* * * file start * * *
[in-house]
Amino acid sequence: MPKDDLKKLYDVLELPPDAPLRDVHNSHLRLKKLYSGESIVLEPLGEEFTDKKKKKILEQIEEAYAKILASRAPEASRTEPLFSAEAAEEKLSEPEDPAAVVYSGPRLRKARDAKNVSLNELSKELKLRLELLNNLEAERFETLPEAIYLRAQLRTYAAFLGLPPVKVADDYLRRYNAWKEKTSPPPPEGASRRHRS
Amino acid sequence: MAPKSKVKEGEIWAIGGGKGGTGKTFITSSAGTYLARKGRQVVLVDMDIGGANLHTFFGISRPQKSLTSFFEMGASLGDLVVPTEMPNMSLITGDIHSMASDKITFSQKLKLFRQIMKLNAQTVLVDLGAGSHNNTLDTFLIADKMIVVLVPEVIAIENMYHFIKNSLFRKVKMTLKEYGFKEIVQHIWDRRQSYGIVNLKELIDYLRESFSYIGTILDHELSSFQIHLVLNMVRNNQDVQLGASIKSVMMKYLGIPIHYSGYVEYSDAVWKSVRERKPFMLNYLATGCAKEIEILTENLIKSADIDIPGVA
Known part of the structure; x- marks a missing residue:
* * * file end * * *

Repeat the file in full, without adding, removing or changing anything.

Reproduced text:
[in-house]
Amino acid sequence: MPKDDLKKLYDVLELPPDAPLRDVHNSHLRLKKLYSGESIVLEPLGEEFTDKKKKKILEQIEEAYAKILASRAPEASRTEPLFSAEAAEEKLSEPEDPAAVVYSGPRLRKARDAKNVSLNELSKELKLRLELLNNLEAERFETLPEAIYLRAQLRTYAAFLGLPPVKVADDYLRRYNAWKEKTSPPPPEGASRRHRS
Amino acid sequence: MAPKSKVKEGEIWAIGGGKGGTGKTFITSSAGTYLARKGRQVVLVDMDIGGANLHTFFGISRPQKSLTSFFEMGASLGDLVVPTEMPNMSLITGDIHSMASDKITFSQKLKLFRQIMKLNAQTVLVDLGAGSHNNTLDTFLIADKMIVVLVPEVIAIENMYHFIKNSLFRKVKMTLKEYGFKEIVQHIWDRRQSYGIVNLKELIDYLRESFSYIGTILDHELSSFQIHLVLNMVRNNQDVQLGASIKSVMMKYLGIPIHYSGYVEYSDAVWKSVRERKPFMLNYLATGCAKEIEILTENLIKSADIDIPGVA
Known part of the structure; x- marks a missing residue: